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Optimal Encoding of Bandlimited Signals

Module by: Ronald DeVore, Shriram Sarvotham. E-mail the authors

We now turn back to the encoding of signals. We are interested in encoding the set

B A (M)={fB A :|f(t)|M,tR}B A (M)={fB A :|f(t)|M,tR}
(1)
where MM is arbitrary but fixed. We shall restrict our discussion to the case where distortion is measured in L [-T,T]L [-T,T] where T>0T>0 is arbitrary but fixed. Then, B A (M)B A (M) is a compact subset of L L : B A (M)L [-T,T]B A (M)L [-T,T].

Figure 1: Sample points n λAn λA are chosen in the interval [-T(1+δ),T(1+δ)][-T(1+δ),T(1+δ)].
Figure 1 (figure5.png)

We shall sketch how one can construct an asymptotically optimal encoder/decoder for B A B A . The details for this construction can be found in (Reference).

We know f ^(ω)=0f ^(ω)=0 for |ω|Aπ|ω|Aπ, and |f|M|f|M. How can we encode ff in practice? We begin by chosing λ=λ(T)>1λ=λ(T)>1 (see Figure 1) which will represent a slight oversampling factor we shall utilize. Given a target distortion ϵ>0ϵ>0, we choose kk so that 2 -k-1 <ϵ2 -k 2 -k-1 <ϵ2 -k . Given ff, we shall encode ff by first taking samples f(n λA)f(n λA) for n λA[-T(1+δ),T(1+δ)]n λA[-T(1+δ),T(1+δ)] where δ(T)>0δ(T)>0. In other words, we sample ff on a slightly larger interval than [-T,T][-T,T]. For each sample f(n λA)f(n λA), we shall use the first k+k 0 (T)k+k 0 (T) bits of its binary expansion. In other words, our encoder takes ff and the samples f(n λA)f(n λA) and then assigns to f(n λA)f(n λA) the first k+k 0 (T)k+k 0 (T) bits of this number.

To decode, the receiver would take the bits and construct the approximation f ¯(n λA)f ¯(n λA) to f(n Aλ)f(n Aλ) from the bits provided. Notice that we have the accuracy

f(n λA)-f ¯(n λA)2 -k-k 0 ·M.f(n λA)-f ¯(n λA)2 -k-k 0 ·M.
(2)
We utilize the function g λ g λ satisfying ((Reference)) to define
f ¯ ( t ) = n N T f ¯ n λ A g λ ( λ A t - n ) , f ¯ ( t ) = n N T f ¯ n λ A g λ ( λ A t - n ) ,
(3)
where
N T :={n:-T(1+δ)n λAT(1+δ)}. N T :={n:-T(1+δ)n λAT(1+δ)}.
(4)
We then have
|f(t)-f ¯(t)| nN T fn λA-f ¯n λA·|g λ (λAt-n)|+ |n λA|>T(1+δ) fn λA·|g λ (λAt-n)||f(t)-f ¯(t)| nN T fn λA-f ¯n λA·|g λ (λAt-n)|+ |n λA|>T(1+δ) fn λA·|g λ (λAt-n)|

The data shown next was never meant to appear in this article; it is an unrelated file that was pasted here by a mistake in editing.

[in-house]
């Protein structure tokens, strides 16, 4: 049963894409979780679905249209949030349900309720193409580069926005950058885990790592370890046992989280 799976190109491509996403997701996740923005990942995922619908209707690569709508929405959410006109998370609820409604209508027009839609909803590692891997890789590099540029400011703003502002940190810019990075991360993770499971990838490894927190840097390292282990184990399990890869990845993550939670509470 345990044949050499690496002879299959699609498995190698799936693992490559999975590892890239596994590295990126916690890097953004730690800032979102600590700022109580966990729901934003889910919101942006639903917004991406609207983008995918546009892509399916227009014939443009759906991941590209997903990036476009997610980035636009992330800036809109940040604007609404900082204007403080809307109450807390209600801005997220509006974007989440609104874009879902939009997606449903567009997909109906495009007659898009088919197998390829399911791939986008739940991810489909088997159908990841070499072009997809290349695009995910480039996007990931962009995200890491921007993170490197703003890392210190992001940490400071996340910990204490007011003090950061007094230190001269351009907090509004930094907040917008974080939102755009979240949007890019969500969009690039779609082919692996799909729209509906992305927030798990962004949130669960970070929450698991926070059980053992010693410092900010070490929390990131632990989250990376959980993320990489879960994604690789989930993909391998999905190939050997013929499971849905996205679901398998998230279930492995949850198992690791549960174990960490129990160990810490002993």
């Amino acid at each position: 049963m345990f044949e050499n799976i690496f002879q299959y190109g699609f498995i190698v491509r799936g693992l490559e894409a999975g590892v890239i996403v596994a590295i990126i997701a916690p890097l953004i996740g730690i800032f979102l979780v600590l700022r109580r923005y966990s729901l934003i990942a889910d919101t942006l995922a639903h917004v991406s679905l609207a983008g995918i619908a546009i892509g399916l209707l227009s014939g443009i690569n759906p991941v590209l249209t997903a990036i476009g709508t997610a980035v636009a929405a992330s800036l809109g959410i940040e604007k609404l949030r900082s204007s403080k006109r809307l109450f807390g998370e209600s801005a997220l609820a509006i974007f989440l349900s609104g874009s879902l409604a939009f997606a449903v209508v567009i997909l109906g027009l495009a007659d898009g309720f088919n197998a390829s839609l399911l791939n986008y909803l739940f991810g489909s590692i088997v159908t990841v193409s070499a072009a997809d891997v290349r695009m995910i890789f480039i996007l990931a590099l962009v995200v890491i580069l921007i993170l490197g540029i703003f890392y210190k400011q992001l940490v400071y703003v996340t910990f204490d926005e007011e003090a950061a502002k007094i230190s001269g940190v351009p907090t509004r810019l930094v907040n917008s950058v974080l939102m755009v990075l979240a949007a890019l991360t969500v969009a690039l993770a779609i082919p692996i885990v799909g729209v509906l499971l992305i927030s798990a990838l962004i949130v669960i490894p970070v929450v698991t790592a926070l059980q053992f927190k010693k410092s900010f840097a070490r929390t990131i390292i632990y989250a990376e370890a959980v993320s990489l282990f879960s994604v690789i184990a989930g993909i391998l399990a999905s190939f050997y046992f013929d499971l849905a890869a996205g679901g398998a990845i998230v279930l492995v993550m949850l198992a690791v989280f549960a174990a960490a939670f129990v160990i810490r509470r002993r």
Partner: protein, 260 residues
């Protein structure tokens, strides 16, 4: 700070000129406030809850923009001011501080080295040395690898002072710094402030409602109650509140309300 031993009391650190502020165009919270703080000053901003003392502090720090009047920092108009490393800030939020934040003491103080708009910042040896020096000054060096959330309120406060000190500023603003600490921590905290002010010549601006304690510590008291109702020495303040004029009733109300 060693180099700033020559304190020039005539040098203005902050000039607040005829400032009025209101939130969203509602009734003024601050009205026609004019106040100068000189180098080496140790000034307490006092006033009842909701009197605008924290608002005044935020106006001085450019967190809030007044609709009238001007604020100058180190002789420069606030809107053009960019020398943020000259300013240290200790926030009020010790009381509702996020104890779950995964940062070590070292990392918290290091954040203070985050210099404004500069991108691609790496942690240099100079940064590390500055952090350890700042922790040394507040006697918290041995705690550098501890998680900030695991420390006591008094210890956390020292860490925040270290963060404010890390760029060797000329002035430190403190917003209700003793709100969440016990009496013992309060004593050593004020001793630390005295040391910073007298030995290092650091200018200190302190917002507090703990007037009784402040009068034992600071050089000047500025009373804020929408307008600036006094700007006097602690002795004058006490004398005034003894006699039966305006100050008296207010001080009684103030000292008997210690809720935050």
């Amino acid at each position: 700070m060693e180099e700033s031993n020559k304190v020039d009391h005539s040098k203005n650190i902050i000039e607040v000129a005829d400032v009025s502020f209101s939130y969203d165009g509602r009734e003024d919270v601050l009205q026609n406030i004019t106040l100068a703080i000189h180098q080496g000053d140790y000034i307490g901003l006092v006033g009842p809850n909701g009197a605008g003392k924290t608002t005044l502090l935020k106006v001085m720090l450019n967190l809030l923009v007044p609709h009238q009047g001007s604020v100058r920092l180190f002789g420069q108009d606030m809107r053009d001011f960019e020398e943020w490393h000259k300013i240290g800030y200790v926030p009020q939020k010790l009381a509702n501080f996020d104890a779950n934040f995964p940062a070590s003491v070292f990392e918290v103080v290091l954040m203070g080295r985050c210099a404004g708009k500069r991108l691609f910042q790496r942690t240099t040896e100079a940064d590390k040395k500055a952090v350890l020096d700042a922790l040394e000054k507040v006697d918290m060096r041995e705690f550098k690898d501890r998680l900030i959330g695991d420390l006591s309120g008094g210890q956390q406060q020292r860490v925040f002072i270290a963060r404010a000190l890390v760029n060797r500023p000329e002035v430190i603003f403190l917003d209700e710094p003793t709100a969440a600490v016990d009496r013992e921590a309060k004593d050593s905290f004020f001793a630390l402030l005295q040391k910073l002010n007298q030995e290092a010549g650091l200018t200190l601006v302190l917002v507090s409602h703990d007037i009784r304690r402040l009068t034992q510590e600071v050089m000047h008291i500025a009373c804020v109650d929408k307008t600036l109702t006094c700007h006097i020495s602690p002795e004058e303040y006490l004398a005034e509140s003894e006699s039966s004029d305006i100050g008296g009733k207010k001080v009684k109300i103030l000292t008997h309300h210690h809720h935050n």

(5)

The term fn λA-f ¯n λAfn λA-f ¯n λA that appears in the first summation in (Equation 5) is bounded by M·2 -k-k 0 M·2 -k-k 0 . The term fn λAfn λA that appears in the second summation in the same equation is bounded by MM. Therefore,

|f(t)-f ¯(t)| nN T M·2 -k-k 0 ·|g λ (λAt-n)|+ |n λA|>T(1+δ) M·|g λ (λAt-n)|=:S 1 +S 2 |f(t)-f ¯(t)| nN T M·2 -k-k 0 ·|g λ (λAt-n)|+ |n λA|>T(1+δ) M·|g λ (λAt-n)|=:S 1 +S 2
(6)
We can estimate S 1 S 1 by
S 1 = nN T M·2 -k-k 0 ·|g λ (λAt-n)|M·2 -k-k 0 · n |g λ (λAt-n)|M·C 0 (λ)·2 -k-k 0 (becauseg(·)decaysfast)S 1 = nN T M·2 -k-k 0 ·|g λ (λAt-n)|M·2 -k-k 0 · n |g λ (λAt-n)|M·C 0 (λ)·2 -k-k 0 (becauseg(·)decaysfast)
(7)
Therefore, if we choose k 0 k 0 sufficiently large, then S 1 M·C 0 (λ)·2 -k-k 0 ϵ 2S 1 M·C 0 (λ)·2 -k-k 0 ϵ 2. The second summation S 2 S 2 can also be bounded by ϵ/2ϵ/2 by using the fast decay of the function g λ g λ (see ((Reference))).

To make the encoder/decoder specific we need to precisely define δδ and λλ. It turns out that the best choices (in terms of bit rate performance on the class B A B A ) depend on TT. But δ T 0δ T 0 and λ T 1λ T 1 as TT. Recall that Shannon sampling requires 2TλA2TλA samples. Since our encoder/decoder uses k+k 0 k+k 0 bits per sample, the total number of bits is (k+k 0 )·2λAT(1+δ)(k+k 0 )·2λAT(1+δ), and so coding will require roughly kk bits per Shannon sample.

This encoder/decoder can be proven to be optimal in the sense of averaged performance as we shall now describe. The average of performance of optimal encoding is defined by

lim T n ϵ B A (M),L -T,T 2T lim T n ϵ B A (M),L -T,T 2T
(8)
If we replace the optimal bit rate n ϵ n ϵ in (Equation 8) by the number of bits required by our encoder/decoder then the resulting limit will be the same as that in (Equation 8).

In summary, to encode band limited signals on an interval [-T,T][-T,T], an optimal strategy is to sample at a slightly higher rate than Nyquist and on a slightly large interval than [-T,T][-T,T]. Each sample should then be quantized by using the binary expansion of the sample. In this way, for an investment of kk bits per Nyquist rate sample, we get a distortion of 2 -k 2 -k .

To get a feel for the number of bits required by such an encoder, let us say A=10 6 A=10 6 (signals band limited to 1Mhz). Say T=24hours10 5 secondsT=24hours10 5 seconds, and k=10k=10 bits. Then, A·k·2T=10 6 ·10·10 5 =10 12 A·k·2T=10 6 ·10·10 5 =10 12 bits. This is too BIG!

The above encoding is is known as Pulse Coded Modulation (PCM). In practice, people frequently use another encoder called Sigma-Delta Modulation. Instead of oversampling just slightly, Sigma Delta over samples a lot and then assign only one (or a few) bits per sample.

Why is Sigma-Delta preferred to PCM in practice? There are two reasons commonly given:

  1. Getting accurate samples, quantization, etc. is not practical because of noise. For better accuracy, we need more expensive hardware.
  2. Noise shaping. In Sigma-Delta, the distortion is higher but the distortion is spread over frequencies outside of the desired range.

In PCM, the distortion decays exponentially (like 2 -k 2 -k ), whereas for Sigma-Delta, the distortion decays like a polynomial (like 1 k m 1 k m ). Although the distortion decays faster in PCM, the distortion in Sigma-Delta is spread outside the desired frequency range.

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